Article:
This proof-of-concept trial proves what the company is able to do with its Stem-to-T-Cell program, but will it generate returns?
High-risk companies are generally those that don’t yet have products released or regulatory approvals, but these same companies — if successful with their proof-of-concept trials — can lead to profitable returns for investors.
For ImmunoCellular Therapeutics (NYSE:IMUC), that may very well be the case. It announced on Thursday (April 12) that it successfully completed a T cell receptor into a human stem cell — a big milestone for proof-of-concept work for the technology. The Stem-to-T-Cell technology is developed to stimulate an unlimited supply of cancer-killing T cells.
Completing this proof-of-concept work means the company can begin testing in animals and — if conducive — will allow it to advance testing in humans next in clinical trials. This work was based off the successful transfecting of genetic material into human blood stem cells, which was completed at the end of 2017 by ImmunoCellular’s research team.
“Our vision is to develop solutions for intractable cancers, extend the lives of cancer patients, and provide hope for a potential cure,” Steven Swanson, senior vice president of ImmunoCellular research, said in a press release. “We believe that our Stem-to-T-Cell program is potentially a game-changing treatment for cancer, and could be effective in treating many types of cancers.”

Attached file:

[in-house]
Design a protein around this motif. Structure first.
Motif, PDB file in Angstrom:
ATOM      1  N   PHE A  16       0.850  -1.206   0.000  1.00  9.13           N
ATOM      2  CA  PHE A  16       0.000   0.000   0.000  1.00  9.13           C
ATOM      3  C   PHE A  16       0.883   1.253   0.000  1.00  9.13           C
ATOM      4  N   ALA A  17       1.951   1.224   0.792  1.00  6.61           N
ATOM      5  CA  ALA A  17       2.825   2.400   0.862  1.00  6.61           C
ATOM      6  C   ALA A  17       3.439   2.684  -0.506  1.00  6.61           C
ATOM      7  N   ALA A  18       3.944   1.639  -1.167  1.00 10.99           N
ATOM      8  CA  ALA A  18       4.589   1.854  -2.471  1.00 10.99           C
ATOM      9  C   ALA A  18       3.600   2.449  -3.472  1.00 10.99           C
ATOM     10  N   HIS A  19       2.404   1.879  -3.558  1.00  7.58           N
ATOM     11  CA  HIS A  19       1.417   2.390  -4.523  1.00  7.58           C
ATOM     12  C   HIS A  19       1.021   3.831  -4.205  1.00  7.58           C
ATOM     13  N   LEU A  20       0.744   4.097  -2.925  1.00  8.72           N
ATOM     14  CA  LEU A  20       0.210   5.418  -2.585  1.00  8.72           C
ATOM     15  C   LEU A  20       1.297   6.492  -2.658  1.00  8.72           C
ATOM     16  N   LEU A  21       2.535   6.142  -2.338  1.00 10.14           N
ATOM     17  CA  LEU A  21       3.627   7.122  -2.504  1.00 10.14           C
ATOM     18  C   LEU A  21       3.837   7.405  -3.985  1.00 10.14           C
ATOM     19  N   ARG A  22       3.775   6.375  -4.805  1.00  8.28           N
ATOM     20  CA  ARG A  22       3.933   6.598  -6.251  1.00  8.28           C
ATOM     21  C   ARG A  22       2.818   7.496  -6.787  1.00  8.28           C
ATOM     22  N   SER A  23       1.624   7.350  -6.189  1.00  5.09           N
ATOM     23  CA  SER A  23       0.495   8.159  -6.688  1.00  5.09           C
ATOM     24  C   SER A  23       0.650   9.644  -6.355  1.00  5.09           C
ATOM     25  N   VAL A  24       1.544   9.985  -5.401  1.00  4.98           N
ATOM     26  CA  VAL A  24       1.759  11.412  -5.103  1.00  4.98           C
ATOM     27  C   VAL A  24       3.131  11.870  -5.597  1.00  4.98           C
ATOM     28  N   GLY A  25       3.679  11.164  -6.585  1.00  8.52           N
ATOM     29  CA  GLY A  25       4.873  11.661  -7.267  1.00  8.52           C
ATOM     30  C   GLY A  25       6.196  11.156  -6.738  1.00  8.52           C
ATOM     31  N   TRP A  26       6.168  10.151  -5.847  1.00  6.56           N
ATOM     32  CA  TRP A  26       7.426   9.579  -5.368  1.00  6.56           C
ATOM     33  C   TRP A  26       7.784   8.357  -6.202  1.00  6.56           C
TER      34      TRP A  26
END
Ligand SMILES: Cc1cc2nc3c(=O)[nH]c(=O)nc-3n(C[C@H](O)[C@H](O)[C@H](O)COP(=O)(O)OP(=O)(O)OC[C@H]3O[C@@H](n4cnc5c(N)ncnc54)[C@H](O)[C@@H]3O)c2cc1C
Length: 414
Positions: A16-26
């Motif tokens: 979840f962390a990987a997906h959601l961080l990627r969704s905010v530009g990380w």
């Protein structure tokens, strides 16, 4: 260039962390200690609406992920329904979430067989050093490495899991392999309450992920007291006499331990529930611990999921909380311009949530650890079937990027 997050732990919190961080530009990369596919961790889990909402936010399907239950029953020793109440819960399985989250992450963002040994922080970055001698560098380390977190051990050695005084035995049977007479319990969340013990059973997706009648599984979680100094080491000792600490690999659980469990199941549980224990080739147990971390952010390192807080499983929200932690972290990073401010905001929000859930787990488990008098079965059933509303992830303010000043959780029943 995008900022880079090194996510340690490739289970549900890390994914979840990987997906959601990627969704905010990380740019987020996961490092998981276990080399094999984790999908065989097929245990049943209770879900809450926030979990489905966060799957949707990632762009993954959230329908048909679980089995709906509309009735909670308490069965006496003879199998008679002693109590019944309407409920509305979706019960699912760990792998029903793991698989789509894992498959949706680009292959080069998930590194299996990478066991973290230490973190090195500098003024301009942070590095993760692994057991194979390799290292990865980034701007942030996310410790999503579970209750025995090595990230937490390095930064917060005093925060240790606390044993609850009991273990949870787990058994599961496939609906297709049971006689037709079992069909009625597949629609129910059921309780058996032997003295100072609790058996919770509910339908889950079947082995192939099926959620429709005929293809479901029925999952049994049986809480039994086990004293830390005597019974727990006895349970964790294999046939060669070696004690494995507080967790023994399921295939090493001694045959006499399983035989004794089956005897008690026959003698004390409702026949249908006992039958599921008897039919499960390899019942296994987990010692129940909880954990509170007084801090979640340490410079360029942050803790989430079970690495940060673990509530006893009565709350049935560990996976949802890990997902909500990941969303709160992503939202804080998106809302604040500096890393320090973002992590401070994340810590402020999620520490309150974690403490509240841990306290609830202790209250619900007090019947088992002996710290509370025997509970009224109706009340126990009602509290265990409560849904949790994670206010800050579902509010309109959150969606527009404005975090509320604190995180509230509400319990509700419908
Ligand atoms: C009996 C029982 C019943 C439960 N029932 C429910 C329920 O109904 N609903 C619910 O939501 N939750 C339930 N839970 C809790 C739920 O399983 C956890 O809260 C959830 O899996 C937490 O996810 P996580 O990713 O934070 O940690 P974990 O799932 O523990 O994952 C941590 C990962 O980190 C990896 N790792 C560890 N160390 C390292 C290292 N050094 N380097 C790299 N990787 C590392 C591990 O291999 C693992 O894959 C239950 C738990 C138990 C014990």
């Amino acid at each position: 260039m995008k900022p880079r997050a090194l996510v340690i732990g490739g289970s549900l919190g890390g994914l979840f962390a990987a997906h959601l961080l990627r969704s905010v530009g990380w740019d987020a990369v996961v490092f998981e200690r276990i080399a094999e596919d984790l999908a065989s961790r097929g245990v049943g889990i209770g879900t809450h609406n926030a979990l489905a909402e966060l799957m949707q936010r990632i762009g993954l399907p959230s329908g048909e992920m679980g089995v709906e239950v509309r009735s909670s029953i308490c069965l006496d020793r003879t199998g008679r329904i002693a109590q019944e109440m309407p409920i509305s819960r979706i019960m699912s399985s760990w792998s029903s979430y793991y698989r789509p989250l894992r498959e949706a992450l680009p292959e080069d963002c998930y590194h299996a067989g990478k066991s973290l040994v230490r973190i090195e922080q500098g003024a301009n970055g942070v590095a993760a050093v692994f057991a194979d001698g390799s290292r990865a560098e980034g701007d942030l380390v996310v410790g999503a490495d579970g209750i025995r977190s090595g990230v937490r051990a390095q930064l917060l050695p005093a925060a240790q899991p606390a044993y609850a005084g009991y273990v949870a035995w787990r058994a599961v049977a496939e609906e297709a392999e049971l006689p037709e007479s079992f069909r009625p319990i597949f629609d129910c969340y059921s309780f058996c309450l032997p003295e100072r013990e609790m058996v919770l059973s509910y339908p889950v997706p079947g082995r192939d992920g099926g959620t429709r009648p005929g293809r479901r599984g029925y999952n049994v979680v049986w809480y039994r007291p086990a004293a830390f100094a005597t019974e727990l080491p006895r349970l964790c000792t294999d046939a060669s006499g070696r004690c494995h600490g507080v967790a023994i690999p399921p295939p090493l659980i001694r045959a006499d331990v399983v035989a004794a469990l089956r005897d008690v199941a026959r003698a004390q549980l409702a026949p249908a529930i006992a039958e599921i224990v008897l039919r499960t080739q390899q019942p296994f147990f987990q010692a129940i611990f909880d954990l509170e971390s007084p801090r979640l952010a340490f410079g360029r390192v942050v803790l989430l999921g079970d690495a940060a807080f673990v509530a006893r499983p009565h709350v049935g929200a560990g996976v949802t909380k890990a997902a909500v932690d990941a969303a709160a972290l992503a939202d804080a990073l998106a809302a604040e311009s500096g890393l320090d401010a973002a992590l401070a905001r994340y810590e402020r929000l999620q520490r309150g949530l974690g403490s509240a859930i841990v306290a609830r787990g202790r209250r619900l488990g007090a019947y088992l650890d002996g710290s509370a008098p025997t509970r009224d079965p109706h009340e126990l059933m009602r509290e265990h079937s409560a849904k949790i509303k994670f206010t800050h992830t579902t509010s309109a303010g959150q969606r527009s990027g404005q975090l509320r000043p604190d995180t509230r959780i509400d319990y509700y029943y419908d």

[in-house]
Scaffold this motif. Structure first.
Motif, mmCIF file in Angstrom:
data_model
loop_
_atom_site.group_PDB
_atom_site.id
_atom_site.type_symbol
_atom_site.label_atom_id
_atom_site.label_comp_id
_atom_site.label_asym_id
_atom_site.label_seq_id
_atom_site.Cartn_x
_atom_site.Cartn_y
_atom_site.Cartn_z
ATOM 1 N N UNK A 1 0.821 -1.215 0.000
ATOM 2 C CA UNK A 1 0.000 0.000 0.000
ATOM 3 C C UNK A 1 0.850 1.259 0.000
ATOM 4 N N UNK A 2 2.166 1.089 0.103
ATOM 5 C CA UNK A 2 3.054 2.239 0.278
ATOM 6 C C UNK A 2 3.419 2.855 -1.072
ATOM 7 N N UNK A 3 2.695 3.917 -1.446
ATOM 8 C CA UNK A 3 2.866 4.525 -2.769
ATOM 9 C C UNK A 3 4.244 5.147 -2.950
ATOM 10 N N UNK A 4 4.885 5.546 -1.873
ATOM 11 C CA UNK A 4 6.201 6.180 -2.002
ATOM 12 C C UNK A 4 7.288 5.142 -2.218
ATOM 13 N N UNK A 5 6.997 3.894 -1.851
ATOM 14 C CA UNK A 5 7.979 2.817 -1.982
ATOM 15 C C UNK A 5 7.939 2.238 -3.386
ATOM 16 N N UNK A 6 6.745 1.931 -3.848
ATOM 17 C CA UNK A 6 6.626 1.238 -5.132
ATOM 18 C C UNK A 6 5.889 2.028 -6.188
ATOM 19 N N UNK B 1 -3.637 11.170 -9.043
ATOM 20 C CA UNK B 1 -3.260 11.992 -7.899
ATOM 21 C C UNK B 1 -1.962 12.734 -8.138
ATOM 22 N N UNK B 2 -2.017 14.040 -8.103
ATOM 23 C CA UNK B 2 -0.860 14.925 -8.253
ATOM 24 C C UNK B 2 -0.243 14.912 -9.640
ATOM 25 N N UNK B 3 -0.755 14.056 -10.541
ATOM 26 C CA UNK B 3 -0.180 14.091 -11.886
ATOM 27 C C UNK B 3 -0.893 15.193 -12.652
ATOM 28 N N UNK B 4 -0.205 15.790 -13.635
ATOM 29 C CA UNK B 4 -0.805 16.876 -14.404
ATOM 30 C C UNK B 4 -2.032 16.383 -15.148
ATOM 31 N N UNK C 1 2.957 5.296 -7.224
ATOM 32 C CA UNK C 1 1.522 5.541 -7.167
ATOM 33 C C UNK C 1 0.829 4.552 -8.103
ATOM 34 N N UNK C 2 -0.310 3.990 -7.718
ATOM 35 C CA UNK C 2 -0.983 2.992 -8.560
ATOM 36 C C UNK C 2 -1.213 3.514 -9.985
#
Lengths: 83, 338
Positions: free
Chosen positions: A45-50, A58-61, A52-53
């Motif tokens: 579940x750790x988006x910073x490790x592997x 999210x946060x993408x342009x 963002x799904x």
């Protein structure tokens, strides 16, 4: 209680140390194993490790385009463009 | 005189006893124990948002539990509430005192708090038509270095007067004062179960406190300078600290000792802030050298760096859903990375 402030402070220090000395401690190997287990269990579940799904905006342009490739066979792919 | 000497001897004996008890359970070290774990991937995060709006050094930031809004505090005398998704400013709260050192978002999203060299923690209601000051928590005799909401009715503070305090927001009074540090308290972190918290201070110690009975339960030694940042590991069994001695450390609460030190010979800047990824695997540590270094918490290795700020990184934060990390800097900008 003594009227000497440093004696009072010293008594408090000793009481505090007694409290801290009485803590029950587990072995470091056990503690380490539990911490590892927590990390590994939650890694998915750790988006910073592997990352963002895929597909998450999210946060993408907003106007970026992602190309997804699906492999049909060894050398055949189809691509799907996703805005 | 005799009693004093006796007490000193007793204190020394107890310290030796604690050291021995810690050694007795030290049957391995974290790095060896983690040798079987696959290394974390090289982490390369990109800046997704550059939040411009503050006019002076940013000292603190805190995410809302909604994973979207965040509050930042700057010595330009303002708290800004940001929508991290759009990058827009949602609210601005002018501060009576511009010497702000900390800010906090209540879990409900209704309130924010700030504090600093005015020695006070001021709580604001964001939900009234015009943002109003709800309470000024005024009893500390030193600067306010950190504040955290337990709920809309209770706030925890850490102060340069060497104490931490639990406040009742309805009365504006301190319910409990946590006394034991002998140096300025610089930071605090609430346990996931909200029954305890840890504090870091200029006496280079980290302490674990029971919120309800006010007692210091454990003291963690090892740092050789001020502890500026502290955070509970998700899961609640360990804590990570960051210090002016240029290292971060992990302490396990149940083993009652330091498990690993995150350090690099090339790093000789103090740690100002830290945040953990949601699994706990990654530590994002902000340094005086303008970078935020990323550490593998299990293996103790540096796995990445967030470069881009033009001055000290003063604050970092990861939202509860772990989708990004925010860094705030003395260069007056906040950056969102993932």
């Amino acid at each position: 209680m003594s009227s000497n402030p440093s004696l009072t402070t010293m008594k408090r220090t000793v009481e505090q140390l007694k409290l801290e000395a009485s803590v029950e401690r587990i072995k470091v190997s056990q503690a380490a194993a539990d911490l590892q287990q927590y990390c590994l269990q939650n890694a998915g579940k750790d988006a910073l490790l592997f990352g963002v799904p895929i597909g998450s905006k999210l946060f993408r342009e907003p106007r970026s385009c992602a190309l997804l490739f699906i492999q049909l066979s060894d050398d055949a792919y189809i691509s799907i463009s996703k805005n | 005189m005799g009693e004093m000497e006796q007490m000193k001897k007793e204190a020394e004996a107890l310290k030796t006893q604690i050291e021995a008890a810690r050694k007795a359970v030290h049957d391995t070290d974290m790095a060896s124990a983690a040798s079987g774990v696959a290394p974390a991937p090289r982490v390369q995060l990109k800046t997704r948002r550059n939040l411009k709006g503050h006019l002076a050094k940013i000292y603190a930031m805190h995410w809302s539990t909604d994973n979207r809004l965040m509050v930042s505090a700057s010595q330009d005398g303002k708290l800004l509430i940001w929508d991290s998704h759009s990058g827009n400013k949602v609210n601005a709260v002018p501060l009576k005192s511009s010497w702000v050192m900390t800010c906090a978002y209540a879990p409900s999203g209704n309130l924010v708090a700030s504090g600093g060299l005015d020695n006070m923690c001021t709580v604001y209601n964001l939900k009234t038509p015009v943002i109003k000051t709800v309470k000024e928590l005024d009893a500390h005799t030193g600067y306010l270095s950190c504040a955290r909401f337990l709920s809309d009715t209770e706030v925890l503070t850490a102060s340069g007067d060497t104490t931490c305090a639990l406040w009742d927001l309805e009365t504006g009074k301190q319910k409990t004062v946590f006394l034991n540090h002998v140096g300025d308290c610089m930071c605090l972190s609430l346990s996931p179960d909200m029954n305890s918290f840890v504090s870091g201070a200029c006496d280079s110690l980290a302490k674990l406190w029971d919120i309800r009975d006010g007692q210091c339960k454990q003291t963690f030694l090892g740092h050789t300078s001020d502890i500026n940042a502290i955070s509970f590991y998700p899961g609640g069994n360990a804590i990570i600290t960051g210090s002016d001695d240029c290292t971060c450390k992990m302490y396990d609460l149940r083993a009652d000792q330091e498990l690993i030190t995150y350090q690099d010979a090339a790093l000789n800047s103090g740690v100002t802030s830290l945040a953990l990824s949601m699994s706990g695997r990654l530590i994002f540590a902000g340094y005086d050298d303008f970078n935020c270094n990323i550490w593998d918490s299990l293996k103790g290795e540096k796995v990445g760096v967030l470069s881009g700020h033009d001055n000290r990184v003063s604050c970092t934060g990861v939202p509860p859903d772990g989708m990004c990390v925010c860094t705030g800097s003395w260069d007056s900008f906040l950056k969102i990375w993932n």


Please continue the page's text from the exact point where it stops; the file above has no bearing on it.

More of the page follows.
Swanson said the company and its collaborators are now working to begin animal studies to complete work in the trial. ImmunoCellular’s CEO, Anthony Gringeri, said the company is actively searching for potential collaborations for its clinical programs.
The Stem-to-T-Cell program is in-licensed from the California Institute of Technology as a highly direct method to engineer antigen-specific tumor killing. It involves collecting stem cells from cancer patients, then cloning those cells into T cell receptors which kill cancer cells. The cloned cells are then reintroduced into the patient’s body and should reproduce more T cells.
This program may work to defeat many different types of cancer, including solid and hematological tumors. This approach is different from other immuno-oncology CAR-T therapies which deliver active T cells, but have also been associated with toxicity in some patients. ImmunoCellular’s gradual method of releasing the T cells may reduce the toxicity for patients.
ImmunoCellular has three ongoing clinical trials for different cancer indications and five candidates in its research pipeline chart all for the immunotherapy market.
On Thursday morning following the announcement, ImmunoCellular’s share price saw a spike of 28.64 percent to $0.30, but dropped 15.27 percent to close Thursday’s trading period at $0.27.
Although the company has seen a big decrease in its share price over the last five years — and even in the last 52 weeks — ImmunoCellular’s share price could continue increasing if it is able to secure additional funding for its Phase 3 trial for ICT-107 for glioblastoma. The trial was withdrawn in June 2017 due to insufficient funding.
This positive news for the company may have spiked some investors’ attention, but it will be up to the company to secure more funding to move forward with current and future clinical trials.
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Securities Disclosure: I, Gabrielle Lakusta, hold no direct investment interest in any company mentioned in this article.